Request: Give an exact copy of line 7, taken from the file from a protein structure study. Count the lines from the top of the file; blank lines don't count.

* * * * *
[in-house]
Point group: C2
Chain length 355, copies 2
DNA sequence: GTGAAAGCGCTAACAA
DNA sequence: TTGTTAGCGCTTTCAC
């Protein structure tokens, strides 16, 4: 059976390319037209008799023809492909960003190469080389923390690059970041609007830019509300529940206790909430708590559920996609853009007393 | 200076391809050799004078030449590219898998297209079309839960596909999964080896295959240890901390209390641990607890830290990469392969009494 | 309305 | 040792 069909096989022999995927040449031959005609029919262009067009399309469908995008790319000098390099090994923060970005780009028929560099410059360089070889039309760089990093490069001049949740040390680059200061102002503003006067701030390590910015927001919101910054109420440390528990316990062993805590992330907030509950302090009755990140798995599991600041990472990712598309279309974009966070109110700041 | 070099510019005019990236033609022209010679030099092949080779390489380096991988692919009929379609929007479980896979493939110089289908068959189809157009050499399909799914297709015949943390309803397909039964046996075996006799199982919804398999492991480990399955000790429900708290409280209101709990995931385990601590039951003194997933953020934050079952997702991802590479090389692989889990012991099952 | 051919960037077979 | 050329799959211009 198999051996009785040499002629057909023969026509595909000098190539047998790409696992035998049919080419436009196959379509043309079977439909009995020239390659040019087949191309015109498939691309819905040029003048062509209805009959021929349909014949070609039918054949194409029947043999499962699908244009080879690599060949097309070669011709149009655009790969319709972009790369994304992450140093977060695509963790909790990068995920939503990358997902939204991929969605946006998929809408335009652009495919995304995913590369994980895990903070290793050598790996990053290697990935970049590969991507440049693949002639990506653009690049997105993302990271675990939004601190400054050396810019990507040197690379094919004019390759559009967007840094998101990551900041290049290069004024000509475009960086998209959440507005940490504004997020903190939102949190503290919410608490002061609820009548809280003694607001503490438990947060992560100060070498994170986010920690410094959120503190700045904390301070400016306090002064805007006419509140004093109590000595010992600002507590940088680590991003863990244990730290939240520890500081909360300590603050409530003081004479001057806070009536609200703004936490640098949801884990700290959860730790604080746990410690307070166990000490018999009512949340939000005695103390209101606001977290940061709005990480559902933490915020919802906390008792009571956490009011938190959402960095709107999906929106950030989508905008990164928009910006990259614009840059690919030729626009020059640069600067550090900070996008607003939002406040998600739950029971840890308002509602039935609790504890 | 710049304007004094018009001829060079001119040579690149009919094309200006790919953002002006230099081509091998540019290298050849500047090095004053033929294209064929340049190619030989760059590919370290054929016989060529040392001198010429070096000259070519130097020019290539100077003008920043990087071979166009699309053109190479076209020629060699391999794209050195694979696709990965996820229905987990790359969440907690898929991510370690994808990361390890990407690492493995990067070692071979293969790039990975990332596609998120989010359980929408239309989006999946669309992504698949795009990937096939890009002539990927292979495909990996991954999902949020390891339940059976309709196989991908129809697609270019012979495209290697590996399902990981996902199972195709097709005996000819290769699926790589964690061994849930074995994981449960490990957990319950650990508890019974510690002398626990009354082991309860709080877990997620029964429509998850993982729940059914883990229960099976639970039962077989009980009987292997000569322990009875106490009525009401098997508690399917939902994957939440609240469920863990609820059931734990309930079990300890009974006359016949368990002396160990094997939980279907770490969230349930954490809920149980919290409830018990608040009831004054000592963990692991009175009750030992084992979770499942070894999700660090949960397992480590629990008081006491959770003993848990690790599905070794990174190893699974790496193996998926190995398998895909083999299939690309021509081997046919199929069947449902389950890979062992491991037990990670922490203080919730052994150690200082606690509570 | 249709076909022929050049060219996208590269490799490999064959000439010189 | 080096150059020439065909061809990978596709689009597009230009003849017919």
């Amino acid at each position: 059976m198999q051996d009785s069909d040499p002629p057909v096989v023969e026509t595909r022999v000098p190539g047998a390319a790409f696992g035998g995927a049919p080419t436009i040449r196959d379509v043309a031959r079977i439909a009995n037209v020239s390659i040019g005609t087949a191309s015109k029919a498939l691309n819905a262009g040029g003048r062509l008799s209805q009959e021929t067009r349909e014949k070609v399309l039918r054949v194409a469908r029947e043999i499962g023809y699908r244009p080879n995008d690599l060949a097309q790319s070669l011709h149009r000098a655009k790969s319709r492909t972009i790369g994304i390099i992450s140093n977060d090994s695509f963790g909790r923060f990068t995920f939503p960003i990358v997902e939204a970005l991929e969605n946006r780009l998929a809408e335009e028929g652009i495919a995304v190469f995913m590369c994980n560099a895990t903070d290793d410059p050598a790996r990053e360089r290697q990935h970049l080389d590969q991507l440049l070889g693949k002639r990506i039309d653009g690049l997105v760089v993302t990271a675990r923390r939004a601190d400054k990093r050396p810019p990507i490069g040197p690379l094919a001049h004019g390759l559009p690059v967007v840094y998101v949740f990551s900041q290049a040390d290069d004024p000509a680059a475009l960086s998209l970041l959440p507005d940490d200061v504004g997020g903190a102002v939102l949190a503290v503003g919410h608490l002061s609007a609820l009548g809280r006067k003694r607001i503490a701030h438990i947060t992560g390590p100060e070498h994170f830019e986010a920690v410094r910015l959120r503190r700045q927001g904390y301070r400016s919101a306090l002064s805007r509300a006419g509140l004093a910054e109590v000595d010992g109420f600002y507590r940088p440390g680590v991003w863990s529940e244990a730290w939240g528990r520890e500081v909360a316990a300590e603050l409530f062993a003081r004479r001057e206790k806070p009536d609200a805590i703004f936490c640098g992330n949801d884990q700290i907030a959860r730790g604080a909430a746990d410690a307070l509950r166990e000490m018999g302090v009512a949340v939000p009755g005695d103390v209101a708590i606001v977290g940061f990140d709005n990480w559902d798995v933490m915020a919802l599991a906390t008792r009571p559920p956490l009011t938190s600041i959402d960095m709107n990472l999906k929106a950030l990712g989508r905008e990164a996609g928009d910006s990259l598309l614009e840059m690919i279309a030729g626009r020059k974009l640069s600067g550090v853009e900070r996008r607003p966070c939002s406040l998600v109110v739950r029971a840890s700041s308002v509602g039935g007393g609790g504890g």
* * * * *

């Amino acid at each position: 059976m198999q051996d009785s069909d040499p002629p057909v096989v023969e026509t595909r022999v000098p190539g047998a390319a790409f696992g035998g995927a049919p080419t436009i040449r196959d379509v043309a031959r079977i439909a009995n037209v020239s390659i040019g005609t087949a191309s015109k029919a498939l691309n819905a262009g040029g003048r062509l008799s209805q009959e021929t067009r349909e014949k070609v399309l039918r054949v194409a469908r029947e043999i499962g023809y699908r244009p080879n995008d690599l060949a097309q790319s070669l011709h149009r000098a655009k790969s319709r492909t972009i790369g994304i390099i992450s140093n977060d090994s695509f963790g909790r923060f990068t995920f939503p960003i990358v997902e939204a970005l991929e969605n946006r780009l998929a809408e335009e028929g652009i495919a995304v190469f995913m590369c994980n560099a895990t903070d290793d410059p050598a790996r990053e360089r290697q990935h970049l080389d590969q991507l440049l070889g693949k002639r990506i039309d653009g690049l997105v760089v993302t990271a675990r923390r939004a601190d400054k990093r050396p810019p990507i490069g040197p690379l094919a001049h004019g390759l559009p690059v967007v840094y998101v949740f990551s900041q290049a040390d290069d004024p000509a680059a475009l960086s998209l970041l959440p507005d940490d200061v504004g997020g903190a102002v939102l949190a503290v503003g919410h608490l002061s609007a609820l009548g809280r006067k003694r607001i503490a701030h438990i947060t992560g390590p100060e070498h994170f830019e986010a920690v410094r910015l959120r503190r700045q927001g904390y301070r400016s919101a306090l002064s805007r509300a006419g509140l004093a910054e109590v000595d010992g109420f600002y507590r940088p440390g680590v991003w863990s529940e244990a730290w939240g528990r520890e500081v909360a316990a300590e603050l409530f062993a003081r004479r001057e206790k806070p009536d609200a805590i703004f936490c640098g992330n949801d884990q700290i907030a959860r730790g604080a909430a746990d410690a307070l509950r166990e000490m018999g302090v009512a949340v939000p009755g005695d103390v209101a708590i606001v977290g940061f990140d709005n990480w559902d798995v933490m915020a919802l599991a906390t008792r009571p559920p956490l009011t938190s600041i959402d960095m709107n990472l999906k929106a950030l990712g989508r905008e990164a996609g928009d910006s990259l598309l614009e840059m690919i279309a030729g626009r020059k974009l640069s600067g550090v853009e900070r996008r607003p966070c939002s406040l998600v109110v739950r029971a840890s700041s308002v509602g039935g007393g609790g504890g």